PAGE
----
It’s possible that our faith is like that. It’s possible that we’ve all been duped by some religious scheme. But Lewis wasn’t leaving the Socratic Club at Oxford without admitting to such possibilities.

And yet again, to be aware of these possibilities and still to reject them is clearly the precise mode, and the only mode, in which our personal response to God can establish itself. In that sense the ambiguity22That is, this doubting or questioning. is not something that conflicts with faith so much as a condition which makes faith possible. When you are asked for trust you may give it or withhold it; it is senseless to say that you will trust if you are given demonstrative certainty. There would be no room for trust if demonstration were given. When demonstration is given what will be left will be simply the sort of relation[ship] which results from having trusted, or not having trusted, before [demonstration] was given.23Lewis, “On Obstinacy in Belief”; emphasis added.

Read those words in bold in that quote again. Do they remind you of a scene in the Bible? Look at this excerpt from the Gospel of John, describing a scene after the resurrection:

The other disciples were saying to [Thomas], “We have seen the Lord!” But [Thomas] said to them, “Unless I see in His hands the imprint of the nails, and put my finger into the place of the nails, and put my hand into His side, I will not believe.”

… Jesus said to [Thomas], “Because you have seen Me, have you believed? Blessed are they who did not see, and yet believed.” (John 20:25, 29)

Conclusion: Entrusting Ourselves to Him

One last astute observation of Lewis:

The saying “Blessed are those that have not seen and have believed” has nothing to do with our original assent to the Christian propositions. It was not addressed to a philosopher enquiring whether God exists. It was addressed to a man who already believed that, who already had long acquaintance with a particular Person, and evidence that that Person could do very odd things, and who then refused to believe one odd thing more, often predicted by that Person and vouched for by all his closest friends. [“Blessed are those that have not seen and have believed”] is a rebuke not to skepticism in the philosophic sense but to the psychological quality of being “suspicious.” It says in effect, “You should have known me better.” … Our relation to those who trusted us only after we were proved innocent in court cannot be the same as our relation to those who trusted us all through.24Lewis, “On Obstinacy in Belief.”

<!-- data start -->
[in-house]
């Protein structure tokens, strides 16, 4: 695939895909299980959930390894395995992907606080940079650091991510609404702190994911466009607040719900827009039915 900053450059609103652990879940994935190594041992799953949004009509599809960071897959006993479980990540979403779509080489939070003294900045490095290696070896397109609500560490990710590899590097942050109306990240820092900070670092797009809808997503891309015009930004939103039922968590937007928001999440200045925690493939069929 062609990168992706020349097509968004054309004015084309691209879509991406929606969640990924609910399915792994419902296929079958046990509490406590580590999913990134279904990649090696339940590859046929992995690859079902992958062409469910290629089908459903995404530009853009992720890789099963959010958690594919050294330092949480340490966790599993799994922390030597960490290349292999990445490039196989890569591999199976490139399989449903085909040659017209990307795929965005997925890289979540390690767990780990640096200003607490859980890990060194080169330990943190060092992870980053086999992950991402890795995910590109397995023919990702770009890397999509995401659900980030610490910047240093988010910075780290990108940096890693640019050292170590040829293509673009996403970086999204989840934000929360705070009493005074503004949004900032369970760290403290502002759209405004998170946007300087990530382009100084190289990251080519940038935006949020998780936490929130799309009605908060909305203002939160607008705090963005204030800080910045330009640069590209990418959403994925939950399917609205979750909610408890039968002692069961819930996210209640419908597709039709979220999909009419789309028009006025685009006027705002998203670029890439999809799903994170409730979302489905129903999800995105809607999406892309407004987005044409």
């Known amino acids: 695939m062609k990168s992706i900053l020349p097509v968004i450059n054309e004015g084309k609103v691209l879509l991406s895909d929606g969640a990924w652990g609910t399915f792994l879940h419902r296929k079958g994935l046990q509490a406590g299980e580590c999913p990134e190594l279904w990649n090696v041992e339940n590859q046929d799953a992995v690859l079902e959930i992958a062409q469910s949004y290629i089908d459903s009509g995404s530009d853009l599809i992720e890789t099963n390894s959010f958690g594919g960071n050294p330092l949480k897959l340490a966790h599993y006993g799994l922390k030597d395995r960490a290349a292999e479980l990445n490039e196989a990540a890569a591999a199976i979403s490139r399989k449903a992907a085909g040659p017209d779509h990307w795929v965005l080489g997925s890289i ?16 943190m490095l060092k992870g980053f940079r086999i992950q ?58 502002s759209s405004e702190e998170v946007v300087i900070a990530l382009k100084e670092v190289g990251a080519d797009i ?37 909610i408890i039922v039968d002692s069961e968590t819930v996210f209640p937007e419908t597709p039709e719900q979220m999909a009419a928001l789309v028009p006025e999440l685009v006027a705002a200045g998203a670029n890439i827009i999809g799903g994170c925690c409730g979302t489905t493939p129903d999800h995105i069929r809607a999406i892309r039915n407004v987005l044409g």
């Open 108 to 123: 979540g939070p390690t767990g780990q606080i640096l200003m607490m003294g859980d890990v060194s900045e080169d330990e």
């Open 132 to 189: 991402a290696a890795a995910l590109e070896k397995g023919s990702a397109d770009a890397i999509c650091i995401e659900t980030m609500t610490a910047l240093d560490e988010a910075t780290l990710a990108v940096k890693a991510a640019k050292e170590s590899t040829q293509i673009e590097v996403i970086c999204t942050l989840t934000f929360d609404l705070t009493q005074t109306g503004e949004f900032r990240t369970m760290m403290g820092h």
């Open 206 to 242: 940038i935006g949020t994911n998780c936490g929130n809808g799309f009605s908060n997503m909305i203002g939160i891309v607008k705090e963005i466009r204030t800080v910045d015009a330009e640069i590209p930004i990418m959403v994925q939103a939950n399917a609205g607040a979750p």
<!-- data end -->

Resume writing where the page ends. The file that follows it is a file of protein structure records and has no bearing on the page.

Here’s how Lewis concludes his essay:

Our opponents, then, have a perfect right to dispute with us about the grounds of our original assent. But they must not accuse us of sheer insanity if, after the assent has been given, our adherence to it is no longer proportioned to every fluctuation of the apparent evidence. They cannot of course be expected to know on what our assurance feeds, and how it revives and is always rising from its ashes. They cannot be expected to see how the quality of the object which we think we are beginning to know by acquaintance drives us to the view that if this were a delusion then we should have to say that the universe had produced no real thing of comparable value and that all explanations of the delusion seemed somehow less important than the thing explained. That is knowledge we cannot communicate. But they can see how the assent, of necessity, moves us from the logic of speculative thought into what might perhaps be called the logic of personal relations. What would, up till then, have been variations simply of opinion become variations of conduct by a person to a Person. Credere Deum esse [to believe God exists] turns into Credere in Deum [to believe in God—to entrust oneself to God]. And Deum [God] here is this God, the increasingly knowable Lord.25Lewis, “On Obstinacy in Belief.”

And so those of us who have found the answer to that initial question, “Who are you, Lord?” can also see in the midst of suffering and denounce any shame as we declare, “I know whom I have believed and I am convinced that He is able to guard what I have entrusted to Him until that day” (2 Timothy 1:12).

A Prayer in Obstinacy

God in heaven, You have revealed Yourself in numerous ways, but especially in Your Son, Jesus Christ. Give us help in our faith. Give us a justified stubbornness in trusting you.

Help us to trust You when (it seems that) You don’t answer our prayers.

Help us to trust You when we do not understand what You’re doing in our lives and in the world around us.

Help us to trust You when our friends are sick.

Help us to trust You when our family member dies.

Help us to trust You when You take our little ones from us.

Help us to see with faith. Give us the eyes to see. Give us hearts that are yielded to You, that trust in You.

In Jesus’ name. Amen.